After playing nothing but Zack & Wiki in anger for a fortnight (putting aside a few hours of Burnout Paradise and RR6 with the Rodents), it was a nice change to be forced to play something different, courtesy of another trip away for work. This time, I went prepared: I took all four DS games that remained on The List: Metroid Prime: First Hunt, The Rub Rabbits, Electroplankton, and The Phantom Hourglass.
I’d acquired the preview-demo-ish Metroid Prime: First Hunt as a freebie when I’d bought Zookeeper and the (rather excellent) Project Rub (that’s Feel The Magic XX/XY to you US readers… who am I kidding, I’ve seen the Google Analytics drill for this blog – there’s one US visitor. Who visited once. And lives in Alaska). Normally, I’d be happy, but perturbed by scoring freebie games (The List is long enough thankyouverymuch; see 7 Blades for another example), but I figured that MP:FH was only a demo, so it wouldn’t be on The List for long.
And then I played it.
Now, I’ve played a bit of the Metroid Prime series: the original game was great (notwithstanding the stupidly difficult final three bosses), but Metroid Prime 2: Echoes rubbed me the wrong way (and remains one of a precious few games that I’ve ever sold). But first impressions of the DS version of the franchise left the following impressions, listed in chronological order:
- Wow, those graphics are pretty tasty for such a meagre machine; and…
- This plays like shit.
I really didn’t get on with the default control scheme at all; it felt gluggy and dissociative and unpleasant. And, having done my research and deciding that Completion of this title was to top all three scoreboards and unlock the included bonus movie, my scores barely rated a mention. I put the MP:FH cart away, fuming that the “freebie” would have a higher psychological cost than I’d bargained for.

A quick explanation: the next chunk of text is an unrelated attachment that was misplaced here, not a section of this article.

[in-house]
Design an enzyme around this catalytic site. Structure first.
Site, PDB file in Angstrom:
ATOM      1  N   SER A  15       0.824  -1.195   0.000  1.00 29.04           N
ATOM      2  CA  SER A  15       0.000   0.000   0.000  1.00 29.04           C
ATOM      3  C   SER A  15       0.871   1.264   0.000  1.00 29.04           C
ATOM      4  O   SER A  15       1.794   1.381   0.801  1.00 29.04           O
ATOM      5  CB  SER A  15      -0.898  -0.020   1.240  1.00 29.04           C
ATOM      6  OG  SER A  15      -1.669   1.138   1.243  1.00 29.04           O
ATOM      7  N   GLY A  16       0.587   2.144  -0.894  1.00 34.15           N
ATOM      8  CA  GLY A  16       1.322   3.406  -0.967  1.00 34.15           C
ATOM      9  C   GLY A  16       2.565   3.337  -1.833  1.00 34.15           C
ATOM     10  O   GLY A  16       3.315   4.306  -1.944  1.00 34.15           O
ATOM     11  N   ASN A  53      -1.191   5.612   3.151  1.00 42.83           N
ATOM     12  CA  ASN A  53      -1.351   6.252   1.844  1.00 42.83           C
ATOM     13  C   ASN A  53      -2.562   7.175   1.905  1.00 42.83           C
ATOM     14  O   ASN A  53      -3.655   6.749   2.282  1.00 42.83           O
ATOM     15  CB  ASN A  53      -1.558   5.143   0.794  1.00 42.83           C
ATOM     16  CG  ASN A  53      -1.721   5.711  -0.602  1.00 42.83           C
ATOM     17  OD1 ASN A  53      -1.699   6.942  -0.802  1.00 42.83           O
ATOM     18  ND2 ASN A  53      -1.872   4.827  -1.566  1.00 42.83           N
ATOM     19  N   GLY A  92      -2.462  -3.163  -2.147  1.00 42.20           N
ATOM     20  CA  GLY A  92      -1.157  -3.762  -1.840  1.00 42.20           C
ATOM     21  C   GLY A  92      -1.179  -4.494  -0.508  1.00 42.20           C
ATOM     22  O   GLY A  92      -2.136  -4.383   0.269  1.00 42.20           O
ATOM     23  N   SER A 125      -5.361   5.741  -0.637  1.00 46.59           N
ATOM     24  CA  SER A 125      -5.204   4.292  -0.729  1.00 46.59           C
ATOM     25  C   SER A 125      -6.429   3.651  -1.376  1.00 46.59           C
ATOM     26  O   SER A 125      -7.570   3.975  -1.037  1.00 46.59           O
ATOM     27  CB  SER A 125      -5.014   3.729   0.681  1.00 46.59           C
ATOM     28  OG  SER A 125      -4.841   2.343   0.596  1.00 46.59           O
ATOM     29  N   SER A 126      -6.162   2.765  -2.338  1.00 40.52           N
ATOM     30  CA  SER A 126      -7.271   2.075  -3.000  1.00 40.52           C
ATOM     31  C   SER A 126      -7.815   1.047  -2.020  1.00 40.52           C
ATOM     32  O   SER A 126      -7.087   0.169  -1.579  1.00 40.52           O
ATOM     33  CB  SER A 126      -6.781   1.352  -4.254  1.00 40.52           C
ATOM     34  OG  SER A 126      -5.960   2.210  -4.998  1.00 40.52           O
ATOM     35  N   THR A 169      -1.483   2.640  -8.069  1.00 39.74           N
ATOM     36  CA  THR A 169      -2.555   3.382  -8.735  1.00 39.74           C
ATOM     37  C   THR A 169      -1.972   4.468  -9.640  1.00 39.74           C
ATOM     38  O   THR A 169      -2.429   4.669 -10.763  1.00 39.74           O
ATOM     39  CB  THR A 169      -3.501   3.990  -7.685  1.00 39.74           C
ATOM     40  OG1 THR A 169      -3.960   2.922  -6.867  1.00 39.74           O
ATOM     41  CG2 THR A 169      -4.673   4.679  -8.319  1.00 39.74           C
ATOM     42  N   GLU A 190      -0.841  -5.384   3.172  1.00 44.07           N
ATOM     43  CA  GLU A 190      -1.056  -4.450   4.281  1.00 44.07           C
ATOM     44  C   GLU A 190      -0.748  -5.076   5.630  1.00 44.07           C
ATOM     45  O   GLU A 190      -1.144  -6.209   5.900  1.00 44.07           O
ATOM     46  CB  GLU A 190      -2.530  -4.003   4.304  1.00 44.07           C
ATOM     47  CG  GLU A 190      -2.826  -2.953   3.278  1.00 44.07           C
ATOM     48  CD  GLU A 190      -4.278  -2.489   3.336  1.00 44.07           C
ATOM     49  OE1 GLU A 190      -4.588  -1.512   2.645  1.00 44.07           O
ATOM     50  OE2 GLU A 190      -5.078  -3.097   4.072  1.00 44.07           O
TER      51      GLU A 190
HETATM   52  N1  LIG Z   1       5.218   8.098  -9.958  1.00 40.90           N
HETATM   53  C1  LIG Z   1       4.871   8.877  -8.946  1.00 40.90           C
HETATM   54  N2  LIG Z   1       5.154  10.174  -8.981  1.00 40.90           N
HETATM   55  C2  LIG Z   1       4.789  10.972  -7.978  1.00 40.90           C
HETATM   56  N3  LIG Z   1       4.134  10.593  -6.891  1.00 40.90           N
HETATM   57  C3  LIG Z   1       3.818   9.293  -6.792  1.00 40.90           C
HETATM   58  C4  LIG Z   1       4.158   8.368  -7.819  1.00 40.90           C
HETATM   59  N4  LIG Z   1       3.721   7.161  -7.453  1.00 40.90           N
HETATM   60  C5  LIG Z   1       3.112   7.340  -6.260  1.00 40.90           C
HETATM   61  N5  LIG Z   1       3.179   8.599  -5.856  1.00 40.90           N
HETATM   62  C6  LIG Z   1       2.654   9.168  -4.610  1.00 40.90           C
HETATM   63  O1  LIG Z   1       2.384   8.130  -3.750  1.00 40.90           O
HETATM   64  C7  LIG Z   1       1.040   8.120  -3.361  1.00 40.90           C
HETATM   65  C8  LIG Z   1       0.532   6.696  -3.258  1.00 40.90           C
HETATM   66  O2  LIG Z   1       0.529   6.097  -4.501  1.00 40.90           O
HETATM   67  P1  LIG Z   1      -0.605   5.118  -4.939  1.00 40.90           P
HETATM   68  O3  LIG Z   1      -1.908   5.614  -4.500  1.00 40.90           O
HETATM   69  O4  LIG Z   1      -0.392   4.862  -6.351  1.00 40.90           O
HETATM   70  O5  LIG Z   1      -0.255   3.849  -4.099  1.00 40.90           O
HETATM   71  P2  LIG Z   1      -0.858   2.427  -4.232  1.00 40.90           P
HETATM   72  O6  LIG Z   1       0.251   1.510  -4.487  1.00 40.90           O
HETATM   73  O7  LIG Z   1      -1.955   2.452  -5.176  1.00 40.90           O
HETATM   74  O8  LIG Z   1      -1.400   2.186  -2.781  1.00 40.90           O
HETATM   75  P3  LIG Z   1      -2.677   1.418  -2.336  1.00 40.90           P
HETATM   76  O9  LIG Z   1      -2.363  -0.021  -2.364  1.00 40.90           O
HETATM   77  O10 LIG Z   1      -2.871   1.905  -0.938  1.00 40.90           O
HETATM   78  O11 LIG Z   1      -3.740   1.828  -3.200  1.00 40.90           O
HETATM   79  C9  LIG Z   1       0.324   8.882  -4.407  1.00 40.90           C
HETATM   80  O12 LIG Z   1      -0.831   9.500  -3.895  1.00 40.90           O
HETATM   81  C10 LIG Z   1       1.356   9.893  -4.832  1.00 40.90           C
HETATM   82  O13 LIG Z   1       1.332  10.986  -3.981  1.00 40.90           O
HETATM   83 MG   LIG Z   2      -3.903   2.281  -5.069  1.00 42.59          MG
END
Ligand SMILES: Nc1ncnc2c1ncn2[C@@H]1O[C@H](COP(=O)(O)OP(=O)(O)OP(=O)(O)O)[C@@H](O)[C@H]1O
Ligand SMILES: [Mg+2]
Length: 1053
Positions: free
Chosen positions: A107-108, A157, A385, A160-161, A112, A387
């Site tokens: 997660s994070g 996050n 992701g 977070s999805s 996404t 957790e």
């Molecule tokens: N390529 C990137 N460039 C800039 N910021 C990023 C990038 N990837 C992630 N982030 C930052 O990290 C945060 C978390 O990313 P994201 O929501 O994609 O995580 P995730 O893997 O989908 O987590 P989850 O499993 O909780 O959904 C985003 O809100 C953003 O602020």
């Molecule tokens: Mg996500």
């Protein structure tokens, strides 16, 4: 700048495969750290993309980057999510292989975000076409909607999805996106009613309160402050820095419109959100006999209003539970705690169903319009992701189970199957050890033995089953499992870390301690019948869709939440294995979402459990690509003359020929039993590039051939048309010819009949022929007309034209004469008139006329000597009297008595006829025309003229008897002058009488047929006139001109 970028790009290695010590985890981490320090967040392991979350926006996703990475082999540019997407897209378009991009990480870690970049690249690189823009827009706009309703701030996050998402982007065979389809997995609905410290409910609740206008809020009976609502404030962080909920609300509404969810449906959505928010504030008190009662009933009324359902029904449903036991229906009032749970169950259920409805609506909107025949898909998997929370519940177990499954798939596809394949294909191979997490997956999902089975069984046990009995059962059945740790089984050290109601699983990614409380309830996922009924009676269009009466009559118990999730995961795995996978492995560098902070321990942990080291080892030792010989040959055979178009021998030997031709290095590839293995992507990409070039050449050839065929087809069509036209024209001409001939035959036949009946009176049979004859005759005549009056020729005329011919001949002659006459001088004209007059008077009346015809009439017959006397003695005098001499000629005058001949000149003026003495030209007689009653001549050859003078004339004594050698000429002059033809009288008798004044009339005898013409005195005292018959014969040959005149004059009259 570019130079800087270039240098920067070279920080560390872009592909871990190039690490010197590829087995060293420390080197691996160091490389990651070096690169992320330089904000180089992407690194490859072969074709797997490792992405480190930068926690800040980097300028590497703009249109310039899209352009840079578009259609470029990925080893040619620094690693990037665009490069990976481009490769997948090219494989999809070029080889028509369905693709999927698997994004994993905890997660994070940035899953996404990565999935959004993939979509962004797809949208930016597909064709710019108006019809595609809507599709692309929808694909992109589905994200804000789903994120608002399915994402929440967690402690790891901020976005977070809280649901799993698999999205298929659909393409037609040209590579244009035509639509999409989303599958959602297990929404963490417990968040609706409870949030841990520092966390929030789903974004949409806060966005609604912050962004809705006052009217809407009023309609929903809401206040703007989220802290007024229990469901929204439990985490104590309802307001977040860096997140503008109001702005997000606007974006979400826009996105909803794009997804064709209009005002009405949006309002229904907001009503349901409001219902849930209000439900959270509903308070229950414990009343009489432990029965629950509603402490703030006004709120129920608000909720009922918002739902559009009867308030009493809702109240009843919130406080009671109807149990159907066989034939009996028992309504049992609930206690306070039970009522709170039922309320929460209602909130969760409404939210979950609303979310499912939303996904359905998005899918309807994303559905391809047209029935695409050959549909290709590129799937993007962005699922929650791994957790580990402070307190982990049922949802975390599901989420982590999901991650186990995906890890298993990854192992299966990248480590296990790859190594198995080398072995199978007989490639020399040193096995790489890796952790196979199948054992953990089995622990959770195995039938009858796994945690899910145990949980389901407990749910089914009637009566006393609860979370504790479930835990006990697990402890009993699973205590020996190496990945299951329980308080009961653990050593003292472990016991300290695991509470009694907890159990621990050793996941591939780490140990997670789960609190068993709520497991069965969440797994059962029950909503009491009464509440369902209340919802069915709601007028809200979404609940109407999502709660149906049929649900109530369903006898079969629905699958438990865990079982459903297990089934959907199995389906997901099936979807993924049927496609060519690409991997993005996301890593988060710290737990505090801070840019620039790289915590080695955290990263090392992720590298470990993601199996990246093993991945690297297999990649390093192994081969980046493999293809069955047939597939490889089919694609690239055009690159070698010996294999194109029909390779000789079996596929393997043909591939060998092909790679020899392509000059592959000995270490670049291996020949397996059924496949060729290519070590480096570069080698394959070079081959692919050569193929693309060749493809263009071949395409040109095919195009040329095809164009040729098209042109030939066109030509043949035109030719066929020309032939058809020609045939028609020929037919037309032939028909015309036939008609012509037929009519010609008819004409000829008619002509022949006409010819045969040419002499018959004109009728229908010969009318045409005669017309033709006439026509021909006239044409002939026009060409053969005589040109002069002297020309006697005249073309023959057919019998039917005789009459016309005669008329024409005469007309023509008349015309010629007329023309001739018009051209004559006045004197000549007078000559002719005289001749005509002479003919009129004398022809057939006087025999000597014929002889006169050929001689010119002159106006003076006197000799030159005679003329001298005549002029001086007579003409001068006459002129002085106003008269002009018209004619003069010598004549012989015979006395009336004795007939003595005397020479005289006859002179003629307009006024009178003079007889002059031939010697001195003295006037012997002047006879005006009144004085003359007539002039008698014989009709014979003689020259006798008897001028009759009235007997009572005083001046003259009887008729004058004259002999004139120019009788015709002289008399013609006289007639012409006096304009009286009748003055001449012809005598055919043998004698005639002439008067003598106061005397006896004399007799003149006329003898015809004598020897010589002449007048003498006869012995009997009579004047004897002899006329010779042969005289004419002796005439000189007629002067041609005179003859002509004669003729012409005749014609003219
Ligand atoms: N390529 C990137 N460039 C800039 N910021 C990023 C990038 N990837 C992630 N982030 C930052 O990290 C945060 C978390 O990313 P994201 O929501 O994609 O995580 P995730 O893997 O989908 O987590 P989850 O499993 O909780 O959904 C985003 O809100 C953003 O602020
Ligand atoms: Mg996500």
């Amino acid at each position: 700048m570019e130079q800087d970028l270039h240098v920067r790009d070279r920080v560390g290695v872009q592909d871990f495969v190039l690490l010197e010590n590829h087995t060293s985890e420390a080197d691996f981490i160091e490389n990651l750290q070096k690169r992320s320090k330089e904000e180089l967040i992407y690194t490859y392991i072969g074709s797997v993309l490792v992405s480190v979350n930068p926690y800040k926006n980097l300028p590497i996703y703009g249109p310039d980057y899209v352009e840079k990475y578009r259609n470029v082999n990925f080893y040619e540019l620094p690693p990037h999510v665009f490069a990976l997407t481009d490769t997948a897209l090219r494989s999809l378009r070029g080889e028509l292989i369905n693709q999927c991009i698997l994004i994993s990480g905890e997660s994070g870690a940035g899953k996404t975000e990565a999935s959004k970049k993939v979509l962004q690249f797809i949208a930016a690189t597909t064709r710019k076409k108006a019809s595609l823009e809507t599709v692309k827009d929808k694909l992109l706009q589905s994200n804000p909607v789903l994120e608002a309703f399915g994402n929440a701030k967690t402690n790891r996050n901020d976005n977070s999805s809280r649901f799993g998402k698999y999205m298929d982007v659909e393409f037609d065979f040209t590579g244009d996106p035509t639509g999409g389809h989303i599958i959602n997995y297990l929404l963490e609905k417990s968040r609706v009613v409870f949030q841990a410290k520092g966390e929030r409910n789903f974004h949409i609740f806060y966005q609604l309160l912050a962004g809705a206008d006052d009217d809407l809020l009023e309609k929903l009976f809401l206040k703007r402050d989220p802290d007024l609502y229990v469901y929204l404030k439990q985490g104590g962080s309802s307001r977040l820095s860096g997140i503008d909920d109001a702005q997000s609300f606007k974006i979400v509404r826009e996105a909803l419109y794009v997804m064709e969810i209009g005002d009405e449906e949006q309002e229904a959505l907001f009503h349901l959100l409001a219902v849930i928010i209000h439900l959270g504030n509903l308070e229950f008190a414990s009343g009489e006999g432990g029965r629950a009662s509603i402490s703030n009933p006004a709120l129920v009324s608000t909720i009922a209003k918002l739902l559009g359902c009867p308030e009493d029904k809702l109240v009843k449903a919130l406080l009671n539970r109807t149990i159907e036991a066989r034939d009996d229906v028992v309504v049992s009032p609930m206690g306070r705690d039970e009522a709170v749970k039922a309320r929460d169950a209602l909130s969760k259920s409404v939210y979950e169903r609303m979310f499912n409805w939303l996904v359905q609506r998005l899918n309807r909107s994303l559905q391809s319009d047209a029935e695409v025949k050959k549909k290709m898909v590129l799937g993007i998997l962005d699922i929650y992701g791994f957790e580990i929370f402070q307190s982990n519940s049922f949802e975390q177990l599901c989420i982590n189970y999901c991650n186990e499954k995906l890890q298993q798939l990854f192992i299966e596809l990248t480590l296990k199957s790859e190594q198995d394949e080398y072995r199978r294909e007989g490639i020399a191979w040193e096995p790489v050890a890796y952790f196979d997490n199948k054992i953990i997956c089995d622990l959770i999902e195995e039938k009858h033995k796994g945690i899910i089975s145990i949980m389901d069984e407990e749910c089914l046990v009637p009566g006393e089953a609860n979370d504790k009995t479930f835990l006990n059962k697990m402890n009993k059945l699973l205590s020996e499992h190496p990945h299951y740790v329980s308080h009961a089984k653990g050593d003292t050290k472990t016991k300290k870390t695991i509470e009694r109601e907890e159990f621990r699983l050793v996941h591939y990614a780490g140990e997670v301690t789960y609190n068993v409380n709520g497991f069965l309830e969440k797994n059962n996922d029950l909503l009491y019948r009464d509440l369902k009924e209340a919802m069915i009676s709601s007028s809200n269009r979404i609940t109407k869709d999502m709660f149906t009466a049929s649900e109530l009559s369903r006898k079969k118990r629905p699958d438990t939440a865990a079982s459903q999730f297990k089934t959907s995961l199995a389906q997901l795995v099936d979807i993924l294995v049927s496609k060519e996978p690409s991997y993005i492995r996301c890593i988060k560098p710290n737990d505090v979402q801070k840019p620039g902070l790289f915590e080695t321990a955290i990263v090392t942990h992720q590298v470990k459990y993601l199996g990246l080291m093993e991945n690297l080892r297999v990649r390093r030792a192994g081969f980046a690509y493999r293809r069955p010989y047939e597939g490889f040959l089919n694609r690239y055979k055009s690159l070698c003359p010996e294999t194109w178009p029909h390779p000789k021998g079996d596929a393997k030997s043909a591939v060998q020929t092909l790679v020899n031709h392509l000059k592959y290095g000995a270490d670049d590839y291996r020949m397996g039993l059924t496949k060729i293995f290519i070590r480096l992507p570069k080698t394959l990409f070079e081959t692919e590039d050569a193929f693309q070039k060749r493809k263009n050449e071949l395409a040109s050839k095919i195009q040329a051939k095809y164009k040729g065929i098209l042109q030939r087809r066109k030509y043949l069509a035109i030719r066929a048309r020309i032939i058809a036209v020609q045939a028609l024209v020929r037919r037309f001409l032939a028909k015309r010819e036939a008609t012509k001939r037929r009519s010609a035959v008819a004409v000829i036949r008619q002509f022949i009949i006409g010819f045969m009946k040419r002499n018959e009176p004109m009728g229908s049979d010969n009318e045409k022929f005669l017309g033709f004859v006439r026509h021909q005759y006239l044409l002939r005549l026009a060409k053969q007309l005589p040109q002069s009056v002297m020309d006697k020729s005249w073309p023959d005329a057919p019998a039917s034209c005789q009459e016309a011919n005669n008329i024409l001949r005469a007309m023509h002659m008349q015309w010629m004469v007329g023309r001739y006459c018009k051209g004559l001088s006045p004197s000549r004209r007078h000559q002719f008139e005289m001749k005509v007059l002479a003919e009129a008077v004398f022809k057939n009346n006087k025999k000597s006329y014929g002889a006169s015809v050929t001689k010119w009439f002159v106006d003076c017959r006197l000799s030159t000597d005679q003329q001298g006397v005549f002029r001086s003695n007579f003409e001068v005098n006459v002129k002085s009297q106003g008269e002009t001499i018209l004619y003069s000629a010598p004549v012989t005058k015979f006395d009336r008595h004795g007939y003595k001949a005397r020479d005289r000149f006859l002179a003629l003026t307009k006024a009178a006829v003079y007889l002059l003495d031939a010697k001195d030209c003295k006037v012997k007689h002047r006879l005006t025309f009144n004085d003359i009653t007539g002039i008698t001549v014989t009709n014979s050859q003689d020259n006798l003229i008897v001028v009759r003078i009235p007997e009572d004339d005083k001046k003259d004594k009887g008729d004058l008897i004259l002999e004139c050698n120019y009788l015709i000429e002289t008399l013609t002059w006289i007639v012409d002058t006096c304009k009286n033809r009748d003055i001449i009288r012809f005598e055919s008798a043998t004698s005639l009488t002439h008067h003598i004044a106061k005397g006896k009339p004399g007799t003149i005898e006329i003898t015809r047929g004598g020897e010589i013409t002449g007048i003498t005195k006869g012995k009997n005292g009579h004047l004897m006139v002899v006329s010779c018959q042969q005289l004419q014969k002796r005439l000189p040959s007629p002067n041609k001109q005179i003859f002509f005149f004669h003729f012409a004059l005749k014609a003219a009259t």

Fast forward two years, and I’ve had a shit day at the office. I decide to fire up MP:FH… and something’s changed. I’m at One with the default controls, ripping through the demo levels and easily topping the tables, continuing to play for ages after viewing the nice bonus movie. So that’s another game off The List, my third this calendar month.
And so I returned to The Rub Rabbits. A disappointing sequel to Project Rub (that’s Feel The Magic XX/XY to you US readers… who am I kiddi – oh wait, I’ve already done that bit), Rabbits is plagued by a couple of completely shittily unfair mini-games. Those who have played it know the ones I mean – Roshambo (a rock/paper/scissors game that offers a one-in-twentyseven chance of actually completing it in Memories mode) and Stampede (whose internal timing logic is inexplicable). In fact, Memories mode is generally a pain in the arse, essentially requiring you to get through Normal, Hard & Hell difficulties without failure for each of the mini-games. At the start of the week, six (of thirty-eight) mini-games were outstanding; by the end of the week, I’d ploughed through Poke (inexplicably untouched), Wish (a test of nerves), Lovebomber and Disc (a war of attrition), and managed to guess my way through the randomness of Roshambo (which led to one of those celebratory exaltations that scare the neighbours). Unfortunately, that leaves the final little snippet required to cross the game off The List: Stampede.